Saturday, 13 June 2009

Runcorn Ferry (Tuppence Per Person Per Trip)

Now this monologue is revelant to my youth. I was born in Widnes, Cheshire, and this story is about crossing the River Mersey from Runcorn to Widnes. Apparently 'no-one wanted to go to either place and trade wasn't any too good!' Hmm! - I can understand that sentiment! I remember the Transporter Bridge (now demolished and replaced with a a spanking new bridge) but I am not that ancient to remember Old Ted the Boatman who, in this delightful story, wants to maximise his profits. However, he meets his match in Mr Ramsbottom who likes a bargain and schemes to get one! I used to recite this monologue often.

(Tuppence Per Person Per Trip)
by Marriott Edgar (1933)

On the banks of the Mersey, over on Cheshire side,
Lies Runcorn that's best known to fame
By Transporter Bridge as takes folks over it's stream,
Or else brings 'em back across same.

In days afore Transporter Bridge were put up
A Ferry Boat lay in the slip,
And old Ted the Boatman would row folks across
At per tuppence per person per trip.

Now Runcorn lay over on one side of stream
And Widnes on t'other side stood,
And as nobody wanted to go either place -
Well, the trade wasn't any too good.

One ev'ning to Ted's superlative surprise
Three customers came into view -
A Mister and Missus Ramsbottom it were,
And Albert, their little son too.

"How much for the three ?" Mister Ramsbottom asked,
As 'is 'and to his pocket did dip.
Ted said, "Same for three as it would be for one:
Per tuppence per person per trip."

"You're not charging tuppence for that little lad ?"
Said Mother, her eyes flashing wild.
"Per tuppence per person per trip," answered Ted,
"Per woman, per man or per child."

"Five pence for three, that's the most that I'll pay,"
Says Father, "Don't waste time in t'talk."
"Per tuppence per person per trip," answered Ted,
"And them as can't pay 'as to walk."

"We can walk an' all," said Father, "come, Mother,
It's none so deep, t'weather's quite mild."
So into the water the three of them stepped
- The father, the mother, the child.

The further they paddled the deeper it got,
But they wouldn't give in, once begun;
In the sprit that's made Lancashire what she is
They'd sooner be 'drownded' than done.

Very soon the old people were up to their necks
And the little lad clean out of sight.
Said Father, "Where's Albert ?" and Mother replied,
"I've got 'old of 'is 'and, 'e's alright."

'Twere just at that moment Pa got an idea,
And floundering back to old Ted,
'E said, "We walked that way, come take us the rest
For half price, that's a penny a head."

But Ted wasn't standing for none of that there,
And making an obstinate lip,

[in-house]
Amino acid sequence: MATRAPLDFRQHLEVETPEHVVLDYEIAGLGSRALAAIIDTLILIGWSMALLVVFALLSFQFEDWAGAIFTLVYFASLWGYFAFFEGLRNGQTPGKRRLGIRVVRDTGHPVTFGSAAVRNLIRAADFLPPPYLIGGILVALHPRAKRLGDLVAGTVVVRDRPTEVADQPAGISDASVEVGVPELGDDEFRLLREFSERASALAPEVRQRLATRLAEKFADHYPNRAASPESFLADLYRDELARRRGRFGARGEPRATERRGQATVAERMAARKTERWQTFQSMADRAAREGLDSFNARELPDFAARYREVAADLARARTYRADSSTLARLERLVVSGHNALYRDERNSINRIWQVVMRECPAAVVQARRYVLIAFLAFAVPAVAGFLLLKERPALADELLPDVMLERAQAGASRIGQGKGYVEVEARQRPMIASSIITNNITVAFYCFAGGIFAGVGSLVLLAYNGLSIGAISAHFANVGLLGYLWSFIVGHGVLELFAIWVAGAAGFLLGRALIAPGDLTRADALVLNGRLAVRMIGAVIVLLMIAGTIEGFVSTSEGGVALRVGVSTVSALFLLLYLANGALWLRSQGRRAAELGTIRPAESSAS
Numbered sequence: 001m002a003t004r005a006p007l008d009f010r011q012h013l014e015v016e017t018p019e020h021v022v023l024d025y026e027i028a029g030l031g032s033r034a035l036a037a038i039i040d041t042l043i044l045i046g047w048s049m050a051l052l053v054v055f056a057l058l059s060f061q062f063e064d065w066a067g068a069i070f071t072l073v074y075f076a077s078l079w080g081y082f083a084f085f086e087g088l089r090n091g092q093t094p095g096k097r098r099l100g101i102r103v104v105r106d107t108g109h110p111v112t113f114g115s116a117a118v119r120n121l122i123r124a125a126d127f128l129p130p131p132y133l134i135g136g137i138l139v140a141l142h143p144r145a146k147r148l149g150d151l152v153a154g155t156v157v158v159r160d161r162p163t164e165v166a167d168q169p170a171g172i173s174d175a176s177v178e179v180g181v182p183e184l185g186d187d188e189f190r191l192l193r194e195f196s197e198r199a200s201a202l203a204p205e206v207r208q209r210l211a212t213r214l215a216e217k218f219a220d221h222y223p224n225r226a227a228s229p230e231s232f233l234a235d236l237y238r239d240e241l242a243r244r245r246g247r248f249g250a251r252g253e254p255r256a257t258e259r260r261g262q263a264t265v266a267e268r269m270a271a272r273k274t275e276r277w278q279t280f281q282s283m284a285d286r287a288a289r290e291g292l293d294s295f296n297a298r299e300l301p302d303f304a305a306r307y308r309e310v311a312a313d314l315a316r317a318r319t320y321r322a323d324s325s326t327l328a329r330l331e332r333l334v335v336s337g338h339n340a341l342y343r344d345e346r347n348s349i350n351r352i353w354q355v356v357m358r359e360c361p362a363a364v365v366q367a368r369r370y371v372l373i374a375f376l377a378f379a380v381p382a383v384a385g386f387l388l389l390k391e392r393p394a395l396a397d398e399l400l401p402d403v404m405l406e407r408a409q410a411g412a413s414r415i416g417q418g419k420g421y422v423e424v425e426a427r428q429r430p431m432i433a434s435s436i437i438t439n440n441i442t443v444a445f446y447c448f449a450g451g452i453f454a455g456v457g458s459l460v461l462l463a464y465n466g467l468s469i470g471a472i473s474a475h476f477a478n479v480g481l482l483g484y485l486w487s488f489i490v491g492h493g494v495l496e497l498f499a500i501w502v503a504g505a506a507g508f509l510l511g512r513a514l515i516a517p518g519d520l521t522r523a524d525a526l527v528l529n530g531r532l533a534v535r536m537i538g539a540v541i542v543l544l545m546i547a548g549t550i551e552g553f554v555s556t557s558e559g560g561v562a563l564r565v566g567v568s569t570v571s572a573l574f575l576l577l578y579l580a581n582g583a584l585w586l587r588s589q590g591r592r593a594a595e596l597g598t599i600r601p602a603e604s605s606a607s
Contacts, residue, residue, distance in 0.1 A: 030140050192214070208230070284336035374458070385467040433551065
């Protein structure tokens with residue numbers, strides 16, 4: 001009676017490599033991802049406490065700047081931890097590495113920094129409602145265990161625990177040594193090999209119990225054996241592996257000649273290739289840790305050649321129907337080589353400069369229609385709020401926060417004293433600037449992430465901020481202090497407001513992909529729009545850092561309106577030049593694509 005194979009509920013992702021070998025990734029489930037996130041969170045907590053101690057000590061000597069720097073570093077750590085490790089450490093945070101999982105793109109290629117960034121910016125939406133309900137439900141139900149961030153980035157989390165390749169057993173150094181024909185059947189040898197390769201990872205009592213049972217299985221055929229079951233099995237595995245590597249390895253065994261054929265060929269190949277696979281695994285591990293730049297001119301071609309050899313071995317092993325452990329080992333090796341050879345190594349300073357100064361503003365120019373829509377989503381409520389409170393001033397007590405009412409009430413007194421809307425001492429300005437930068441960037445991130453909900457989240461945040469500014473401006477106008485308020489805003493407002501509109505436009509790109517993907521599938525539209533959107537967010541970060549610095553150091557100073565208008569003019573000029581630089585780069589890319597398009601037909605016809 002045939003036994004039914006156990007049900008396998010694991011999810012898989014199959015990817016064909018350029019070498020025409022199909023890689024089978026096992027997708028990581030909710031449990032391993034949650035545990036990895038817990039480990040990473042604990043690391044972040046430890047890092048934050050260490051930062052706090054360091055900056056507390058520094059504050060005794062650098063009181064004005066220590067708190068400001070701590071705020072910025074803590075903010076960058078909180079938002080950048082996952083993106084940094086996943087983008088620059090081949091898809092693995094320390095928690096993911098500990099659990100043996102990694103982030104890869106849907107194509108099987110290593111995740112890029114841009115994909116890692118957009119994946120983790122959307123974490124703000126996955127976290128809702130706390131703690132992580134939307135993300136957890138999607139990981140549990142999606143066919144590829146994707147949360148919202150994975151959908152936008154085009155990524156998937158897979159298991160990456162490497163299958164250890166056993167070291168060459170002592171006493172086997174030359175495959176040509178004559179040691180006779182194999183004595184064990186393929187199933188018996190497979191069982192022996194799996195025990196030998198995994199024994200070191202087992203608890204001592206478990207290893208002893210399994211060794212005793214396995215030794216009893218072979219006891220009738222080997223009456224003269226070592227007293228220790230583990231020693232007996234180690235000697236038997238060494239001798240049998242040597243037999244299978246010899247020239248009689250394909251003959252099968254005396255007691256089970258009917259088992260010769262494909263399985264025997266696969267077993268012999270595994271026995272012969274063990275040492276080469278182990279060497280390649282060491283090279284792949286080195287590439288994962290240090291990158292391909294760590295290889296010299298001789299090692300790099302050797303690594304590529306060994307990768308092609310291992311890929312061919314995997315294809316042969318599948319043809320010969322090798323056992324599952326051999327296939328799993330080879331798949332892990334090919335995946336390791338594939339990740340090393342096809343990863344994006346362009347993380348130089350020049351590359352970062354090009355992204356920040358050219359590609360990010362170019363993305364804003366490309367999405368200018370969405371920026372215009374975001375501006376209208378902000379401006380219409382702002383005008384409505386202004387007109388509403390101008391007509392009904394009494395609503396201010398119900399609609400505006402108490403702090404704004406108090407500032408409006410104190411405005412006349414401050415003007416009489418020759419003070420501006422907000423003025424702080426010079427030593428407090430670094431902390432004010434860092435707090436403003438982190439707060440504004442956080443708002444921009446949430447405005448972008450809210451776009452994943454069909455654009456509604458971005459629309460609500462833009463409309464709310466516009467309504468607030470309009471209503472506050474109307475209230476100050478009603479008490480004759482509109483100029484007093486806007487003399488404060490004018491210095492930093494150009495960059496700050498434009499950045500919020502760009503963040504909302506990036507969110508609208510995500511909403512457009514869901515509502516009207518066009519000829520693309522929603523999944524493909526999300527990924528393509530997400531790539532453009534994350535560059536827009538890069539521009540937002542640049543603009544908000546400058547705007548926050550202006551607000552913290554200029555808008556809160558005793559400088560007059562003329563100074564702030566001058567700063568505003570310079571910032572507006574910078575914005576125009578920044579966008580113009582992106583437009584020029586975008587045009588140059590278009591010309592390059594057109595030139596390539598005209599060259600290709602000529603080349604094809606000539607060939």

"Per tuppence per person per trip," Ted replied,
"Per trip or per part of per trip."

"Alright then," said Father, "Let me take the boat,
And I'll pick up the others half-way,
I'll row them across and I'll bring the boat back.
And thruppence in t'bargain I'll pay."

'Twere money for nothing. Ted answered, "Right-o,"
And Father got 'old of the sculls.
With the sharp end of boat t'wards middle of stream
‘E were there in a couple of pulls.

'E got Mother out, it were rather a job -
With the water she weighed 'alf-a-ton;
Then pushing the oar down the side of the boat
Started fishing around for his son.

When poor little Albert came up to the top
'Is collar was soggy and limp,
And with 'olding his breath at the bottom so long
'Is face were as red as as a shrimp.

Pa took them across and 'e brought the boat back,
And 'e said to old Ted on the slip,
"Wilt row me across by myself ?"
Ted said, "Aye! at per tuppence per person per trip".

When they got t'other side Father laughed fit to bust,
‘E'd got best of bargain, you see,
'E'd worked it all out, and 'e'd got 'is own way
And 'e'd paid nobbut fivepence for three.


  1. That's a fun poem and I love the dialect...I don't get to read many poems from the 30's - let alone from over seas. Thank you for sharing!

    I thought you were on vacation? Hiding out over here?

  2. Poor Albert...... :-)) Thank you for sharing another great poem. Being from across the ocean, I'm not accumstomed to the brogue, but I'm learning...and smiling....thanks to you, Eddie.
    Smiles from Jackie

  3. Oh Eddie, I just knew you would have a funny poem, I love the dialect and found myself saying each word out loudn. Too funny and very uplifting.....Thank you for sharing...
    Have a wonderful Sunday.....:-) hugs

  4. Brings back happy memories of Christmas parties shared with our neighbors, one of whom was from Leeds and had all of these monologues memorized and would recite them to entertain us.


Welcome, pull up a chair and enjoy


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